BC Law professors Katharine Young (above right) and Cathleen Kaveny are representing Boston College Law School as members of a new international and multi-university pilot project on Global Ethics and Social Trust (GEST). Funded by a Porticus Foundation grant, GEST is based at Boston College through a partnership between the Provost’s Office and the Schiller Institute for Integrated Sciences and Society. Scholars from research universities worldwide comprise the program’s two working groups, which seek to foster ethical knowledge and ethical practices about urgent global issues.
Young is the chair of the Climate Change and Migration working group, leading its efforts to rethink responses to migration in relation to the climate crisis. She is joined by experts in the fields of earth and environmental science, social work, psychology, theology, and agronomy.
“There may be no ethical challenge more immense than that wrought by our changing, and in some places now unlivable, climate,” says Young. “Migration due to environmental degradation or extreme weather events is often forced on the world’s most vulnerable people, who are least responsible. Our Working Group brings together renowned experts from Boston College and across the world to grapple with this profound challenge, and I look forward to the insights that will come in bridging the environmental and earth sciences, ethics, human rights, social work and law.”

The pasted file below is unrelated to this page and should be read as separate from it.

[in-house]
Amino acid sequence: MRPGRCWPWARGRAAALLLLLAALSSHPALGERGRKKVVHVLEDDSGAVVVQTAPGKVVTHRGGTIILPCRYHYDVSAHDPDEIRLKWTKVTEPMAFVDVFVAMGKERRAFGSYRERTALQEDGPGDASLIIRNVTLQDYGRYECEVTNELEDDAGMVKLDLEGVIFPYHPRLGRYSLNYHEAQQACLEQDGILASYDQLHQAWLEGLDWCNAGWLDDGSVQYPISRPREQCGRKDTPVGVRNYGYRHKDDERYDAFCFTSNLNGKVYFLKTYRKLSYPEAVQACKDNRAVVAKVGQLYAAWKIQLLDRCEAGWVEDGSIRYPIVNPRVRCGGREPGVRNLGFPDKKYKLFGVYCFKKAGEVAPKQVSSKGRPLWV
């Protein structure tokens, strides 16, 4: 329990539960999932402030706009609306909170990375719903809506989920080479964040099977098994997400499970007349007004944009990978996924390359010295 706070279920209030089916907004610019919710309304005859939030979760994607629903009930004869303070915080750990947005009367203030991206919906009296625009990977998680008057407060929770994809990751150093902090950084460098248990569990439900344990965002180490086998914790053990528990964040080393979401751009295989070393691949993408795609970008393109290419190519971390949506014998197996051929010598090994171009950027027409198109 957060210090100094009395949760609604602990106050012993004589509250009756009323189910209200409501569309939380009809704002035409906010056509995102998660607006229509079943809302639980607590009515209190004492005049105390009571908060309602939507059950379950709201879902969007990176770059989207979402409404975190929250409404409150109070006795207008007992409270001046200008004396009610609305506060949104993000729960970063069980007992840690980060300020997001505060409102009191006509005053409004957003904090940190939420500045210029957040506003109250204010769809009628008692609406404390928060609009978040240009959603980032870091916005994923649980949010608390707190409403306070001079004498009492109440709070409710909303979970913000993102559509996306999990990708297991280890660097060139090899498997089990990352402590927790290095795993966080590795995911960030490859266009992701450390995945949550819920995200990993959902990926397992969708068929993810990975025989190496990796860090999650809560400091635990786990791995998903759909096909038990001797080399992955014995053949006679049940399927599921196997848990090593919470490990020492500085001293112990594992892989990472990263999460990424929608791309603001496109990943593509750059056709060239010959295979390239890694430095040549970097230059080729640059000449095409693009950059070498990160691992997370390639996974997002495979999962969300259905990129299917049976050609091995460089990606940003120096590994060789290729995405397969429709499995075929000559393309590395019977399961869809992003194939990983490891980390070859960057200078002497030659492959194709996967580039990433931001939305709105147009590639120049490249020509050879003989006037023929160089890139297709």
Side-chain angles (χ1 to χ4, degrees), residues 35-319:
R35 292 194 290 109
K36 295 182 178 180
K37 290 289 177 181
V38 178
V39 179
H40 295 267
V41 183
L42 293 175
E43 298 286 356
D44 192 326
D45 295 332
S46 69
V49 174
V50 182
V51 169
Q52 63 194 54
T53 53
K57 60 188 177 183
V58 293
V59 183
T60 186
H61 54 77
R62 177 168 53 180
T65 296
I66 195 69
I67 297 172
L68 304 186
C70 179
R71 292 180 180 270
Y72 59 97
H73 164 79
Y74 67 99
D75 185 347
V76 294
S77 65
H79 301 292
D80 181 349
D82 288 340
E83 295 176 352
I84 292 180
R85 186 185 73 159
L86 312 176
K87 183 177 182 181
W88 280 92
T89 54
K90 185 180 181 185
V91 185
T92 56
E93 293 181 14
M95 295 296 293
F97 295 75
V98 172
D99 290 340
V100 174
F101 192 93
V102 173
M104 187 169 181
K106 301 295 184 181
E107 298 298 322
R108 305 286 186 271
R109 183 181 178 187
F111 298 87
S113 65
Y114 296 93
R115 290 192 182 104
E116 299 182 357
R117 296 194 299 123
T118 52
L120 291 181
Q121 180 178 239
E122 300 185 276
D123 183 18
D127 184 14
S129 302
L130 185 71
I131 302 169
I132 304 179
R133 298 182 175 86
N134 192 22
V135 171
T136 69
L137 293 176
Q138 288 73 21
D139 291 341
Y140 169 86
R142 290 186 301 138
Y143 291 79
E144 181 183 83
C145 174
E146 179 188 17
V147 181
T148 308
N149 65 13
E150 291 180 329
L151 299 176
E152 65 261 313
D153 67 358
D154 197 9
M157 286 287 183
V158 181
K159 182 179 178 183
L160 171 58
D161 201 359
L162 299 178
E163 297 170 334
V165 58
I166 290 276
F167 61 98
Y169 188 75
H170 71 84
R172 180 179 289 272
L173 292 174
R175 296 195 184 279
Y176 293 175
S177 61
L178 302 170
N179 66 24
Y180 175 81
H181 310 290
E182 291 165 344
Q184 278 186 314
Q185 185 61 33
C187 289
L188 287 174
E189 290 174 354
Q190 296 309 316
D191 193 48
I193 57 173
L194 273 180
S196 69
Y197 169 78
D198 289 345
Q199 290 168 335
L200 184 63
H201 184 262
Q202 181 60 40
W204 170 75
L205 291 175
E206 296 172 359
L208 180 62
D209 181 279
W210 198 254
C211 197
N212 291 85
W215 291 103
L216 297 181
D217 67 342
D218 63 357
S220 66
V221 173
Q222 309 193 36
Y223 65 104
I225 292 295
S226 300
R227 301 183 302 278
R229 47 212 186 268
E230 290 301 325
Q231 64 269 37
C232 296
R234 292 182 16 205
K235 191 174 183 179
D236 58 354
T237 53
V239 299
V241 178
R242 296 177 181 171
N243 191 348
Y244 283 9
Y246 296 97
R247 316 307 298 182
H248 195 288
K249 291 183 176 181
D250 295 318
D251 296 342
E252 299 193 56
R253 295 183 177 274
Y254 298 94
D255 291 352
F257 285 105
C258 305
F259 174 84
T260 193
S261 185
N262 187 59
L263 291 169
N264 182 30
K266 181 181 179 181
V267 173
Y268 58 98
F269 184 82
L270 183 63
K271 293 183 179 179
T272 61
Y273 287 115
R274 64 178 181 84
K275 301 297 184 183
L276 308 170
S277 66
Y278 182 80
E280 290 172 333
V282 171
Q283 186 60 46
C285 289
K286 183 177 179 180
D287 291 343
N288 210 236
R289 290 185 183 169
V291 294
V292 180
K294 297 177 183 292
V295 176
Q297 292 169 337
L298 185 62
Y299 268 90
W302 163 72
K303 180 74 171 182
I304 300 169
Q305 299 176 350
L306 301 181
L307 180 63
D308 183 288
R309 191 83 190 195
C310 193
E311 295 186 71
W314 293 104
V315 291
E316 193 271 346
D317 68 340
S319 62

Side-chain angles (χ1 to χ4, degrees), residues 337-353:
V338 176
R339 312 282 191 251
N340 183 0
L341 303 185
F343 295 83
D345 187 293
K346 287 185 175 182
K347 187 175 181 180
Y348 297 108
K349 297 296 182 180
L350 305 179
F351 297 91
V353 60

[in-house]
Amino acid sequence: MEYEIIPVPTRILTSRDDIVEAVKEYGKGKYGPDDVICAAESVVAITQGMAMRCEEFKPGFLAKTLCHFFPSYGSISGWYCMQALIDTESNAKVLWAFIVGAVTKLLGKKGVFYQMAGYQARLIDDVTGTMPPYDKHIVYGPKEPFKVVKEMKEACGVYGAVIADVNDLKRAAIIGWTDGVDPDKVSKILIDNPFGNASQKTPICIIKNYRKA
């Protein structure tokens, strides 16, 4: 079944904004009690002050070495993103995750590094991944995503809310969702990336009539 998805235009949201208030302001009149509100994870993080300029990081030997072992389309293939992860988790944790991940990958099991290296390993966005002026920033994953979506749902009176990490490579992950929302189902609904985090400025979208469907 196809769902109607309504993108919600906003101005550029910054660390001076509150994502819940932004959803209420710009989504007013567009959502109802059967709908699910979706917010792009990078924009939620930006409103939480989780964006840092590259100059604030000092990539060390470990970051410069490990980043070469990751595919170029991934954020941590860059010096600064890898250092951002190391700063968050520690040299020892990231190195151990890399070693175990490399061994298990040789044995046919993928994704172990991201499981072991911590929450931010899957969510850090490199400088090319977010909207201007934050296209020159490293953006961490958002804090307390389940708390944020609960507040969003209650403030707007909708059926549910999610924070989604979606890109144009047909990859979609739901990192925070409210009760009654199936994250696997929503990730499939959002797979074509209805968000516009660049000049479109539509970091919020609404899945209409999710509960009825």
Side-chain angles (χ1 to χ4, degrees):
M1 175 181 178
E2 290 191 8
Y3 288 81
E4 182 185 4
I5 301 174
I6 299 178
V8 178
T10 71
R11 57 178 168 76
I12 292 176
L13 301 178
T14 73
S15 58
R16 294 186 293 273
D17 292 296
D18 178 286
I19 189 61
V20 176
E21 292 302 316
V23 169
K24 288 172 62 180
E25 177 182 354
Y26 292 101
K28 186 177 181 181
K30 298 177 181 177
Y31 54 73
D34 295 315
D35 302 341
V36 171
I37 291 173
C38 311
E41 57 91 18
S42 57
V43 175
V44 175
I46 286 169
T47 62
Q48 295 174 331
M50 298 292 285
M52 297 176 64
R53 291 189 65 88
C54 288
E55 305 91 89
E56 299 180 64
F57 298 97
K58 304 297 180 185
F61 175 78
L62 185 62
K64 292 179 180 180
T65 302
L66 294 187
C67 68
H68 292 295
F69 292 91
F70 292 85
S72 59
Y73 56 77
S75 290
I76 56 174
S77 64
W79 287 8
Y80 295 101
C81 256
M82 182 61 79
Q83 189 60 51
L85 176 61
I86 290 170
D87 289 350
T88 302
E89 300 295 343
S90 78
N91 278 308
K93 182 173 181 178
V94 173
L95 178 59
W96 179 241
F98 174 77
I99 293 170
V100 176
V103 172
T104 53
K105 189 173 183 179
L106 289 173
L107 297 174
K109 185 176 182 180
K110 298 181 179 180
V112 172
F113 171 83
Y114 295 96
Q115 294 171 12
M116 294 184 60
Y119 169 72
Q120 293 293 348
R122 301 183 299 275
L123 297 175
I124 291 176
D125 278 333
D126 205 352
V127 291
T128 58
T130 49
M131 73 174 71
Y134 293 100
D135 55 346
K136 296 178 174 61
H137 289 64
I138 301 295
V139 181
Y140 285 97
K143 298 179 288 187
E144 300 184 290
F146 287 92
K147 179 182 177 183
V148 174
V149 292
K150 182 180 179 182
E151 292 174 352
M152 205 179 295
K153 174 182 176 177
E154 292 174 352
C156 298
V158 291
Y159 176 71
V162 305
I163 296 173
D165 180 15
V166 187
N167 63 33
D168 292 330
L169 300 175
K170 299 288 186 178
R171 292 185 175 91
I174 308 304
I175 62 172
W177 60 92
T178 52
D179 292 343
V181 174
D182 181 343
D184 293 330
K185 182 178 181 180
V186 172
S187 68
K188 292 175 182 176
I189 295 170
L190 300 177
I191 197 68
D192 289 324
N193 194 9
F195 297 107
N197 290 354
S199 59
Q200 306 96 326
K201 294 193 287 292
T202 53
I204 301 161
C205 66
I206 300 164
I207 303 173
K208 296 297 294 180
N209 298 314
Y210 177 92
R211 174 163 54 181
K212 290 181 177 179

Kaveny is a member of the working group on Democracy, Governance, and Education. The group’s combined expertise in law, theology, English, history, economics, ethics, and communications will guide its study on how democratic education can rebuild social trust.
“Recent Gallup polls show that Americans’ approval of the US Supreme Court is at an all-time low,” says Kaveny. “Many people simply do not respect or trust the highest court in the land, which is the institutional embodiment of the rule of law in our democratic republic. As a law professor and ethicist, this phenomenon deeply concerns me. I am looking forward to exploring this and other problems with my colleagues in the working group on Democracy, Governance, and Education, under the able leadership of Jonathan Laurence.”
Over the next two years, both groups will publish updates on their work and gather for a three-day conference at Boston College during the summers of 2024 and 2025. Each conference will feature presentations from working group members and guest speakers.
By setting an example on how to examine global issues from various perspectives, the program aims to foster multi-disciplinary collaboration among Catholic research universities worldwide, with Boston College as a starting point.
As principal investigator, James F. Keenan, SJ, is hopeful that the pilot project “will demonstrate that Boston College is uniquely capable of providing a model for engaging contemporary threats through imaginative, vigorous exemplary ethical engagements.”
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